Latest Research News

UI researchers use AI to address vision impairments in prematurely born babies

Tuesday, February 15, 2022
University of Iowa researchers are using artificial intelligence to address vision impairments in prematurely born babies. The research, led by Michael Abramoff, professor of Ophthalmology and Visual Sciences, was featured in the NIH director's blog.

7 Iowa faculty named AAAS fellows

Wednesday, January 26, 2022
Seven University of Iowa researchers have been named fellows of the American Association for the Advancement of Science (AAAS), the world’s largest general-scientific society.

The Rise of A.I. Fighter Pilots

Friday, January 21, 2022
Tom Schnell, director of the UI's Operator Performance Labortaory, is featured in this story about how artificial intelligence technology is being developed to fly warplanes.

Transformational Faculty Hiring Program will provide funding to attract outstanding faculty in strategic areas

Thursday, January 20, 2022
The University of Iowa Office of the President and Office of the Executive Vice President and Provost are launching a program to hire tenured faculty who can have a transformational impact on the university because of their expertise in strategic areas of scholarship and teaching.

39th Presidential Lecture will highlight 3 areas of UI distinction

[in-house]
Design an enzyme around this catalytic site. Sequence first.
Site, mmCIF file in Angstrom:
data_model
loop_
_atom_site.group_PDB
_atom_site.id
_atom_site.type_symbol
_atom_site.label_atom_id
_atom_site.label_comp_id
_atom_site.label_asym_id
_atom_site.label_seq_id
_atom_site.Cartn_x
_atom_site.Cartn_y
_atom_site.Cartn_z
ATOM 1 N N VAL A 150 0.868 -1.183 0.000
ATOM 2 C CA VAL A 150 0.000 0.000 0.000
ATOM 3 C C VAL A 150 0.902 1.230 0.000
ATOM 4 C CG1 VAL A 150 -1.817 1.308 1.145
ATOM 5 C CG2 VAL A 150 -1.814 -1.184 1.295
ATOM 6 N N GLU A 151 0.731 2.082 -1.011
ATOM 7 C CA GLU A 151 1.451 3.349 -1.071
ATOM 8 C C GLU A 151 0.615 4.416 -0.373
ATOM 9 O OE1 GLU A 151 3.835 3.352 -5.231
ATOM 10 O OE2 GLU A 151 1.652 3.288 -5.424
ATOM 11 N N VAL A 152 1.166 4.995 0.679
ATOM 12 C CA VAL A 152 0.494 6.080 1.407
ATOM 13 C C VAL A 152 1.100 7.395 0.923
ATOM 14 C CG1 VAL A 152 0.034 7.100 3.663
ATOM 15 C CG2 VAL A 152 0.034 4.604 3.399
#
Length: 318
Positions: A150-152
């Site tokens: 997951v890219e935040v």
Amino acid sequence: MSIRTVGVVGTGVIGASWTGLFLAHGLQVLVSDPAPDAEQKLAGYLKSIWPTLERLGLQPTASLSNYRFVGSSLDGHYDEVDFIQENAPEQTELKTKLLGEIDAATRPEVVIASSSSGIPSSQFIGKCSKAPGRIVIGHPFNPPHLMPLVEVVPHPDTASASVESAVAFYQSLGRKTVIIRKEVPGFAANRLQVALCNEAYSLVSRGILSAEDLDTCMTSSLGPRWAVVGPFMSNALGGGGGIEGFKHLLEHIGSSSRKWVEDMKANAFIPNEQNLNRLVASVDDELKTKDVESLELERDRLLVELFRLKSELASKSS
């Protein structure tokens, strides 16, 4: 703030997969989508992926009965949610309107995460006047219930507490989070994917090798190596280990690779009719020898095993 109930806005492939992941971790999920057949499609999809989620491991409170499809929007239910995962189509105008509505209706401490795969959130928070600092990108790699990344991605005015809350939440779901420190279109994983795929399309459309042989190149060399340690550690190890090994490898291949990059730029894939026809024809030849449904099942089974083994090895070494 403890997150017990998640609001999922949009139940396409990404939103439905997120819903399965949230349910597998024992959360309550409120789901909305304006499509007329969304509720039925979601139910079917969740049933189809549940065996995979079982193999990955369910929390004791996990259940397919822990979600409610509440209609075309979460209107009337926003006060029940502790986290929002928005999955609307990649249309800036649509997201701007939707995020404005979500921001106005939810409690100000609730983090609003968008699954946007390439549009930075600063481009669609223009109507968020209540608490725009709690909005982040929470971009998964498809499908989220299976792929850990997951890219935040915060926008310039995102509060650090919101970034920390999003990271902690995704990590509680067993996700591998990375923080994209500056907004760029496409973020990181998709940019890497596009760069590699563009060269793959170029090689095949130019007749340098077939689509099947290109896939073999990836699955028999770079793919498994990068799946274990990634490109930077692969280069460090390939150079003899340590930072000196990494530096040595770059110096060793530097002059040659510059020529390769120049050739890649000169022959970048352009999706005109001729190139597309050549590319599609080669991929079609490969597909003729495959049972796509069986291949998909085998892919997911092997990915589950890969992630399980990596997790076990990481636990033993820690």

Thursday, January 20, 2022
This February, in conjunction with the University of Iowa’s 175th anniversary, the Presidential Lecture Series will feature presentations from three distinguished UI faculty members—Craig Kletzing, Christopher Merrill, and Patricia Winokur.

'Arbitrary' cutoffs of THC levels make it difficult to measure impaired driving

Friday, January 14, 2022
Timothy Brown, director of drugged driving research and the University of Iowa’s National Advanced Driving Simulator, said that there’s a need for “better research that provides guidance for individuals about when it’s safe to drive.”

Biologists identify neural circuits associated with aging

Monday, January 10, 2022
University of Iowa biologists have identified neural circuits associated with aging in fruit flies. Some circuits remain the same no matter the fly's age, while others weaken over the fly's life span.

Astronomers identify potential clue to reionization of universe

Friday, January 7, 2022
Astronomers led by the University of Iowa have identified a potential clue to how the universe became reionized after the Big Bang. The researchers identified a black hole, a million times as bright as our sun, that may have been similar to the sources that powered the universe’s reionization.

State lab rushing $9.2M expansion to help with COVID-19

Wednesday, January 5, 2022
The University of Iowa has until June 30, 2023, to complete a federally-funded, $9.2 million expansion of its State Hygienic Lab, which has served Iowa’s public health needs for more than a century and processed about 1.6 million COVID-19 specimens over the past nearly two years.

Flood expert talks about new Missouri River flood map site

Wednesday, January 5, 2022